1. Select Add a System from the TrustCloud Catalog.
  2. Search for the system you’re looking for and click Proceed.
  3. Select a data classification for the system. Select Add System.

Adding a System Not in TrustCloud’s Catalog

  1. Select Add a System from the TrustCloud Catalog
  2. Select “I don’t see my system here” and click Proceed.
  3. Select a Purpose from the drop down menu. Add a website if applicable. Send request.

Add Self-Authored System

  1. Add a system name and the purpose of the system.
  2. Choose whether or not customers will need to download the system and click Proceed.
  3. Choose a platform the system runs on.
  4. Select a data classification for the system. Select Add System.

System Details

The system details page provides you with detailed information about the system, the controls associated with the systems, and the status of each control.  In addition to controls specific information, the system details page provides you with the risk associated with the system.

System Attributes

A system in TrustOps has these following attributes:

  • System Name- Corresponding name of the System
  • System Purpose- what is the systems main purpose
  • System Description- intended for the customer to describe how they use the system internally, both for their own records as well as for auditors
  • System Group- Which group/department function the system belongs to
  • Data Classification attributed to the system- Level of data sensitivity associated with
  • System Controls- How many adopted or planned controls are mapped to the system
  • System Risk- Risk associated with failing tests or not run
  • Test Associated to the system- Full view of all automated and self assessments test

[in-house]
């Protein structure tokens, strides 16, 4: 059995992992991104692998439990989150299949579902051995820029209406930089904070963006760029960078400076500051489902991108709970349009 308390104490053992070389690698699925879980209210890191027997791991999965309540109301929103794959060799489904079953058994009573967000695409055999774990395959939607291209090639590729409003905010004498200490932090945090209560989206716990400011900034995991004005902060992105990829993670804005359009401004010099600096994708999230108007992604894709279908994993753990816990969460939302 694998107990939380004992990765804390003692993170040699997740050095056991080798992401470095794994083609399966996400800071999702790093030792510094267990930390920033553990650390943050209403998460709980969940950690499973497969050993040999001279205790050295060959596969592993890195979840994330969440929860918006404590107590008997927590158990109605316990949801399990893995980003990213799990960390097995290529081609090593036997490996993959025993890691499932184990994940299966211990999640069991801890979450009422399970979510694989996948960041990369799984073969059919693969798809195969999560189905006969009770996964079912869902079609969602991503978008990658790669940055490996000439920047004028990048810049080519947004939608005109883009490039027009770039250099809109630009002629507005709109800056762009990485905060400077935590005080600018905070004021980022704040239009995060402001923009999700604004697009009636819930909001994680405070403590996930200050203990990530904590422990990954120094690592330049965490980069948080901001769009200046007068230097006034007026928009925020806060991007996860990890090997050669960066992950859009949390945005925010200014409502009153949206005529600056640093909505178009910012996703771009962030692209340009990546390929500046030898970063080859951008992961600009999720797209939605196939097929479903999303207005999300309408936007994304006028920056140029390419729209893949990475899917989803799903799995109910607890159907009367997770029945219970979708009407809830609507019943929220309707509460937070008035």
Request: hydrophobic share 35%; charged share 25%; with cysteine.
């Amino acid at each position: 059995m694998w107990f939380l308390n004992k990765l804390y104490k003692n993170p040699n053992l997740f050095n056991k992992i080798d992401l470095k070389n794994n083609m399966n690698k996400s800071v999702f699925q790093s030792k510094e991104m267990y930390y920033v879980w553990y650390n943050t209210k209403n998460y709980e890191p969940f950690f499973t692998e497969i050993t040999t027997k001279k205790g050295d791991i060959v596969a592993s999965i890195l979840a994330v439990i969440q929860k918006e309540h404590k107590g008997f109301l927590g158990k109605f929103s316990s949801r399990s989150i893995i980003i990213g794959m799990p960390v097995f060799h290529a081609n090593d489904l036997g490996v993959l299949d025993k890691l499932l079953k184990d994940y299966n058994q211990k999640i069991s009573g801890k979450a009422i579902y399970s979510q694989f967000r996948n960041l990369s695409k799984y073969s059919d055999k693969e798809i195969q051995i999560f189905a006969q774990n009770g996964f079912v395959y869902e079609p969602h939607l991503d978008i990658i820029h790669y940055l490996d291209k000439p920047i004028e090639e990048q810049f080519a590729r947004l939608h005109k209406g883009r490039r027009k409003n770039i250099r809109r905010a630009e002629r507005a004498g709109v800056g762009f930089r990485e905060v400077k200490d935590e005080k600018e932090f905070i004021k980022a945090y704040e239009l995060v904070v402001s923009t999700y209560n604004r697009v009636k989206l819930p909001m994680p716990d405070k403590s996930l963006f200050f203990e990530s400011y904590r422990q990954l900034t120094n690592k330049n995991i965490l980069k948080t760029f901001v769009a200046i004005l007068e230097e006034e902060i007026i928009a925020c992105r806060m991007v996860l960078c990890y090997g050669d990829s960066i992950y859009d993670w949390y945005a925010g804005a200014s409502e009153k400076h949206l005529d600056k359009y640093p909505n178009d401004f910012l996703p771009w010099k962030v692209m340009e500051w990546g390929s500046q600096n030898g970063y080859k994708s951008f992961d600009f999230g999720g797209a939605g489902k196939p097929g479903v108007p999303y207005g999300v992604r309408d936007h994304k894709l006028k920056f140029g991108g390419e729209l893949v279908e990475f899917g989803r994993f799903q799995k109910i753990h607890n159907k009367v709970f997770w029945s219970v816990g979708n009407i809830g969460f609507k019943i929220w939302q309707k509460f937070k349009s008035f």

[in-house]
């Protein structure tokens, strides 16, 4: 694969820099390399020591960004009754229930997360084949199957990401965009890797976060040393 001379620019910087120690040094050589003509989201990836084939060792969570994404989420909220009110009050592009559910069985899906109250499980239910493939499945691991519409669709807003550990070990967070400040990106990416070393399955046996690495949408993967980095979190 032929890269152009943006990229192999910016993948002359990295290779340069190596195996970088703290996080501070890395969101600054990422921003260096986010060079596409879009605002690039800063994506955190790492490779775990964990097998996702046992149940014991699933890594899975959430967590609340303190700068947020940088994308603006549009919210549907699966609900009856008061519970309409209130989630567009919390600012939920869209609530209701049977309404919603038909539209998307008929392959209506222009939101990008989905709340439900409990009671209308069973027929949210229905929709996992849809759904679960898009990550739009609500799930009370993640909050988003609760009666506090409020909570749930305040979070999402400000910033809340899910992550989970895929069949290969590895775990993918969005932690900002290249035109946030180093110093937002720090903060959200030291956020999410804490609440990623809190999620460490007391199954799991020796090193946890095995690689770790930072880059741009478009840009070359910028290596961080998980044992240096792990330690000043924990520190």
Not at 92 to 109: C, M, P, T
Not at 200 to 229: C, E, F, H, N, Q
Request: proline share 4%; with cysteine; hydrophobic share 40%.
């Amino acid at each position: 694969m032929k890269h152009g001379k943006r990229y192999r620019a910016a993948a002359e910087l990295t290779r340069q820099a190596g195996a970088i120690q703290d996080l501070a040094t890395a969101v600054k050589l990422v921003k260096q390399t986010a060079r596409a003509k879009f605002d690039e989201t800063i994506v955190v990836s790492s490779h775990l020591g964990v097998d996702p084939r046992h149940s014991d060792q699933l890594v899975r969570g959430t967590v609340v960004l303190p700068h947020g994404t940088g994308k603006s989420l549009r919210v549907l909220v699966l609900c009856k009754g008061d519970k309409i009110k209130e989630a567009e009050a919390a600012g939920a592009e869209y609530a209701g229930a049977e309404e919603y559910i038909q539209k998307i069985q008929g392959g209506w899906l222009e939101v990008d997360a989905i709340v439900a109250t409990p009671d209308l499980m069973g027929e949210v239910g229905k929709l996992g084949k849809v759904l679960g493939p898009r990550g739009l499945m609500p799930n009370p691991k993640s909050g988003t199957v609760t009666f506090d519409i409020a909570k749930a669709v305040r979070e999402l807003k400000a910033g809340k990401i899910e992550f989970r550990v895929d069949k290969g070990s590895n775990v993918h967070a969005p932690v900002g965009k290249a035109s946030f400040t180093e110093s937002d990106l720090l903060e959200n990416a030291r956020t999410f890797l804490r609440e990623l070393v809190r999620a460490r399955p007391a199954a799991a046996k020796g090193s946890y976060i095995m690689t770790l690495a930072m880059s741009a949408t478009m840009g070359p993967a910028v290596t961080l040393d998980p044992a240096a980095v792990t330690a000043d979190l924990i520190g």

TrustOps systems
Systems attributes page in TrustOps


Assignments of systems are important to do. When you have reviewed all of your systems part of your program, you can start selecting a specific system owner. The system owner will be in charge of running the test associated with it and making sure the system is always in good health.

Who should own a system?

A system should preferably be owned by someone who has admin access to the system since most of the requirements for evidence will live in the admin side of these systems.

Video: Understanding systems

Adding Systems

If you have recently on-boarded or off-boarded any vendors, you must make that change into your program as well.

In the case you need to add a system, it is very easy to do that in TrustOps! On the System page, at the top right corner you’ll notice a “add System” tab. Feel free to use that every time you need to add a new system.

Once you click on that tab, a window with two options will open up (see image below)

After clicking on “add System” tab

Removing a System

If you have off-boarded a system, or are no longer using/storing data because you’ll be offboarding it soon, It’s time to remove it from your Trust Cloud as well. That action can be taken after clicking on a system card, as shown at the beginning of this page, and selecting the three dotted button at the top right corner, then hit remove from your program.

TrustOps - deleting a system
Deleting a system from TrustOps